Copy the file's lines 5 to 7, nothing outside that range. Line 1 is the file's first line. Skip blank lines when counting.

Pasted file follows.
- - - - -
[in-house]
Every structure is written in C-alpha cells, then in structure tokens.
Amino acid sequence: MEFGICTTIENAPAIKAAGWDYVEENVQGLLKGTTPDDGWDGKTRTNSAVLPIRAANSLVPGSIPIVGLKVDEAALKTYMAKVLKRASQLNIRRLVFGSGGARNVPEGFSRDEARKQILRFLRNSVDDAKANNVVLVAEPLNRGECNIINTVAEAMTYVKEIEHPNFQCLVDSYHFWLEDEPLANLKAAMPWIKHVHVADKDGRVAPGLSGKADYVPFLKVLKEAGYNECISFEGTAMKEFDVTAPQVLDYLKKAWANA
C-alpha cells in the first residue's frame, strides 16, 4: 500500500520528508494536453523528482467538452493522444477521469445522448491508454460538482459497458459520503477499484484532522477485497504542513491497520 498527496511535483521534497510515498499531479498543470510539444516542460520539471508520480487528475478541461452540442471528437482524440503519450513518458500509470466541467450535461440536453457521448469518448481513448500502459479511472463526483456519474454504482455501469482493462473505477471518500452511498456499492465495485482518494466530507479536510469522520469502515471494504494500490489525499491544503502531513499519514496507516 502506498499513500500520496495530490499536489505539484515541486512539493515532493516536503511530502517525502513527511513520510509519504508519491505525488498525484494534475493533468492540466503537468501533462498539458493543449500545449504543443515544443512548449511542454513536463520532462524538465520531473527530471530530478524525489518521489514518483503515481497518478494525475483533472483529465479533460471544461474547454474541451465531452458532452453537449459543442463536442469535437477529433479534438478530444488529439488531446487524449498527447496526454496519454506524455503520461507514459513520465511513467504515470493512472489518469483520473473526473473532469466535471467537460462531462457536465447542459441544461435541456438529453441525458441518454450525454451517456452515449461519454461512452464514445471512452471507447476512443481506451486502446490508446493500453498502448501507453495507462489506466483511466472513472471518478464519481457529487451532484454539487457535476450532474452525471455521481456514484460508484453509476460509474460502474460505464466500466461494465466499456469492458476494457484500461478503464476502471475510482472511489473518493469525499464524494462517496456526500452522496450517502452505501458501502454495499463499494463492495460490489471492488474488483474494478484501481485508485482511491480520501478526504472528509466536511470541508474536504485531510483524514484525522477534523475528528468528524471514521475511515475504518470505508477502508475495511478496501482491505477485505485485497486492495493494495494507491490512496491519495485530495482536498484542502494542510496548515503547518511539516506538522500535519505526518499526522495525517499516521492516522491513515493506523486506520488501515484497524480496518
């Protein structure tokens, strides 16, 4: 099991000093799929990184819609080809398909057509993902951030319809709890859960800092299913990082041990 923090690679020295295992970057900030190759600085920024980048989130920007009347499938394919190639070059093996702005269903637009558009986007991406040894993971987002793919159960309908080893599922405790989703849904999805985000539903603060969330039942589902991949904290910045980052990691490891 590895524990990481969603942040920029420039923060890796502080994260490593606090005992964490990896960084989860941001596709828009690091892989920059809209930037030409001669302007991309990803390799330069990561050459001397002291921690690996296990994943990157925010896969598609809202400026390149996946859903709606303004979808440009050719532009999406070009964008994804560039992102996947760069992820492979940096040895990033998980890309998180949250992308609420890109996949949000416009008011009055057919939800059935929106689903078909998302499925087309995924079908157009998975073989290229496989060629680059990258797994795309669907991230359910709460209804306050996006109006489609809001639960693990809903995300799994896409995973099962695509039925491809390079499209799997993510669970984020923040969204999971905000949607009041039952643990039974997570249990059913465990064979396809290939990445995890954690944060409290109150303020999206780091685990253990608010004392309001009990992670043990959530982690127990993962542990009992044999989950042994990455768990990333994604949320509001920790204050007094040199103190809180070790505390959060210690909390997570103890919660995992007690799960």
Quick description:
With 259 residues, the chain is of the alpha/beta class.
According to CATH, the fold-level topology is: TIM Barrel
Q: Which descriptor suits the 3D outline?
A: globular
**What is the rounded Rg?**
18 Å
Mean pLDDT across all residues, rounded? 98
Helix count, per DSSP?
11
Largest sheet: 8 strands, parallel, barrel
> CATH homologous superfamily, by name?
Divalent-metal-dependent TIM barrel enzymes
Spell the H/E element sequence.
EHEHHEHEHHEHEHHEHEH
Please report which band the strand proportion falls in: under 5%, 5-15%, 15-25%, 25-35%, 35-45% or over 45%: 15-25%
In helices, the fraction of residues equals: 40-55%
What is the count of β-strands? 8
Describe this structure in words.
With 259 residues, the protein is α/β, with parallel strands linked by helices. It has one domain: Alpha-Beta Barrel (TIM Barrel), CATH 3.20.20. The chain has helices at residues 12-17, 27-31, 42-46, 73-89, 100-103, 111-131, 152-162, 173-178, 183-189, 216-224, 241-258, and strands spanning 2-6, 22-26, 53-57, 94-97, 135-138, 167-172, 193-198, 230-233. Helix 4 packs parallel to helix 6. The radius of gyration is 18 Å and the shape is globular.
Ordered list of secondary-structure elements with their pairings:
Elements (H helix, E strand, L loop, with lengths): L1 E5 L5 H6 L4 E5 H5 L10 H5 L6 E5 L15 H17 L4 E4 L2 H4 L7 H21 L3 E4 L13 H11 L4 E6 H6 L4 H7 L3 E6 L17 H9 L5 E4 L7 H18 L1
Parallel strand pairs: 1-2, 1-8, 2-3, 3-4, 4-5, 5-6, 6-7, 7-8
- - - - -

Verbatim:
């Protein structure tokens, strides 16, 4: 099991000093799929990184819609080809398909057509993902951030319809709890859960800092299913990082041990 923090690679020295295992970057900030190759600085920024980048989130920007009347499938394919190639070059093996702005269903637009558009986007991406040894993971987002793919159960309908080893599922405790989703849904999805985000539903603060969330039942589902991949904290910045980052990691490891 590895524990990481969603942040920029420039923060890796502080994260490593606090005992964490990896960084989860941001596709828009690091892989920059809209930037030409001669302007991309990803390799330069990561050459001397002291921690690996296990994943990157925010896969598609809202400026390149996946859903709606303004979808440009050719532009999406070009964008994804560039992102996947760069992820492979940096040895990033998980890309998180949250992308609420890109996949949000416009008011009055057919939800059935929106689903078909998302499925087309995924079908157009998975073989290229496989060629680059990258797994795309669907991230359910709460209804306050996006109006489609809001639960693990809903995300799994896409995973099962695509039925491809390079499209799997993510669970984020923040969204999971905000949607009041039952643990039974997570249990059913465990064979396809290939990445995890954690944060409290109150303020999206780091685990253990608010004392309001009990992670043990959530982690127990993962542990009992044999989950042994990455768990990333994604949320509001920790204050007094040199103190809180070790505390959060210690909390997570103890919660995992007690799960």
Quick description:
With 259 residues, the chain is of the alpha/beta class.